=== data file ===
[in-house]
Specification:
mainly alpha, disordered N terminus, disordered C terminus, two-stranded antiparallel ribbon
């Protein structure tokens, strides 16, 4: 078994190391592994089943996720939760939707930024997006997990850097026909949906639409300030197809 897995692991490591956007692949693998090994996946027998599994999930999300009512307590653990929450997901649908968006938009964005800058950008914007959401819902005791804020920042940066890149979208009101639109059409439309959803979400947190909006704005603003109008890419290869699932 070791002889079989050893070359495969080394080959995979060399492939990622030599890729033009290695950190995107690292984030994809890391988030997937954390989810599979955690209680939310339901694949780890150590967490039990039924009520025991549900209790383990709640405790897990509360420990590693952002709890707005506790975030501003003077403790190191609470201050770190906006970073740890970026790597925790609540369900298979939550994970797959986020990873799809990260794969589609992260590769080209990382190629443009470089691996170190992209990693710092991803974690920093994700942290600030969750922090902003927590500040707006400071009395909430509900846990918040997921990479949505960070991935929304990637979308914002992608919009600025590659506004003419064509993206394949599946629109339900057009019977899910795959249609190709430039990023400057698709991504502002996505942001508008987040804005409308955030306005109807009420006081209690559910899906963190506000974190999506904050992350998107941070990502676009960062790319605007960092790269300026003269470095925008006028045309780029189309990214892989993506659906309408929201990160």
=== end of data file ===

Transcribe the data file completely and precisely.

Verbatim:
[in-house]
Specification:
mainly alpha, disordered N terminus, disordered C terminus, two-stranded antiparallel ribbon
């Protein structure tokens, strides 16, 4: 078994190391592994089943996720939760939707930024997006997990850097026909949906639409300030197809 897995692991490591956007692949693998090994996946027998599994999930999300009512307590653990929450997901649908968006938009964005800058950008914007959401819902005791804020920042940066890149979208009101639109059409439309959803979400947190909006704005603003109008890419290869699932 070791002889079989050893070359495969080394080959995979060399492939990622030599890729033009290695950190995107690292984030994809890391988030997937954390989810599979955690209680939310339901694949780890150590967490039990039924009520025991549900209790383990709640405790897990509360420990590693952002709890707005506790975030501003003077403790190191609470201050770190906006970073740890970026790597925790609540369900298979939550994970797959986020990873799809990260794969589609992260590769080209990382190629443009470089691996170190992209990693710092991803974690920093994700942290600030969750922090902003927590500040707006400071009395909430509900846990918040997921990479949505960070991935929304990637979308914002992608919009600025590659506004003419064509993206394949599946629109339900057009019977899910795959249609190709430039990023400057698709991504502002996505942001508008987040804005409308955030306005109807009420006081209690559910899906963190506000974190999506904050992350998107941070990502676009960062790319605007960092790269300026003269470095925008006028045309780029189309990214892989993506659906309408929201990160």